Lifetime Achiever Award
Dr. Amo Raju is one of the longest serving CEO’s of a user-led DPO in the country, having been with Disability Direct for over 29 years. Since 1997 he has generated over £28m in grants, contracts and chargeable services. In 2022 Amo won the ‘Outstanding 3rd Sector Achievement Award’ at The British Sikh Awards and also recognised by the University of Derby by award of a Doctorate for his services to the 3rd Sector and Disabled People. As a disabled person from the South Asian community Amo has recently published a highly commended book called ‘Walk Like A Man’ based on his own secret battles with depression and the wider world. Recently Amo was awarded an OBE for services to disabled people, carer and mental health and also became a Deputy Lieutenant for The Lord Lieutenant of Derbyshire and in turn, His Majesty King Charles III.
We spoke with Dr Amo Raju after they won the Lifetime Achiever Award at The National Diversity Awards 2023. Here’s what they had to say:
How did it feel when you received the email to advise that you had been nominated for a National Diversity Award?
I was quite surprised! I still haven’t worked out who initially nominated me but was very thankful for their belief that I was worthy of nomination.
After the excitement of the shortlist announcement and after patiently waiting for the final result, how did you feel when it was announced that you were the official winner of the Lifetime Achiever Award?
After watching all those incredible people go up onto the stage to collect their awards one by one, I honestly did not think for one moment that I would be joining them. As my bio began to be read out on stage, my legs turned to jelly and all I could think of was how was I going to walk past the crowd! However, I can hand on heart state that it was one of the best feelings I have ever experienced in my life and am not sure it will be repeated!
You are officially a National Diversity Award Winner! Moving forward, how will you utilise this to further leverage your cause?
It is my intention to show current and future generations of disabled people who may be lacking confidence that anything is possible. I have diverted some of my time to mentoring future leaders and hope to inspire more people to work in the fields of diversity and the voluntary sector as a whole.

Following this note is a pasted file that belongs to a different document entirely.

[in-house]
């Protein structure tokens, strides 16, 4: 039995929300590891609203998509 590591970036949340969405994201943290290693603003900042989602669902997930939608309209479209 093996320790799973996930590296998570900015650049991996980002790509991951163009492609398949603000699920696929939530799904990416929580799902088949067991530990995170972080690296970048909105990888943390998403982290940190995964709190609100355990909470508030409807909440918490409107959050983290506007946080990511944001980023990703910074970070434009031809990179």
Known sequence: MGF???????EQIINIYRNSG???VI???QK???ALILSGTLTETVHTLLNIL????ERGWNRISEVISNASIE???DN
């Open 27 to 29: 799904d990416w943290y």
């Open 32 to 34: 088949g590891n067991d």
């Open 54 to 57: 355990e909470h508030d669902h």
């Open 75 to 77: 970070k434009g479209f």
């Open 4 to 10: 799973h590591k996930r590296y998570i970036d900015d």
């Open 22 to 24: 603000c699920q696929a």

What were your thoughts on the National Diversity Awards Ceremony?
A fantastically organised event with professionalism integrated in every aspect of the evening. Well done to the NDA Team!
Nominations for the National Diversity Awards 2024 are due to open early next year! What advice would you give to others who are thinking of entering the awards?
Believe in yourselves and then enjoy every moment of the process!
Did receiving the award benefit you in anyway? If so, how?
It has definitely raised my profile on a national stage and endorsed my approach to tackling diversity deficits. I have been asked to deliver more keynote speeches since the announcement of the award too.
What have you been up to since September, any exciting developments you would like to tell our audience about?
Since September, I written a couple of columns in the Disability Review Magazine and Charity Times publications. I’ve been on countless radio programmes discussing the award and many tv programmes as a guest discussing diversity in general. In my day job I’ve become more outward-facing and spend more time doing keynote speeches.
Why do you think it is important to recognise role models and community organisations from underrepresented communities for their work?
There are so many unsung heroes doing great work in communities across the UK. Recognition of such kind is a concept considered by many as ‘only for the celebrities’. When such individuals gain the attention they deserve it boosts morale for the sector as a whole. Nominees and winners become a beacon of hope for an underappreciated sector and indirectly creates new generations of community workers and groups.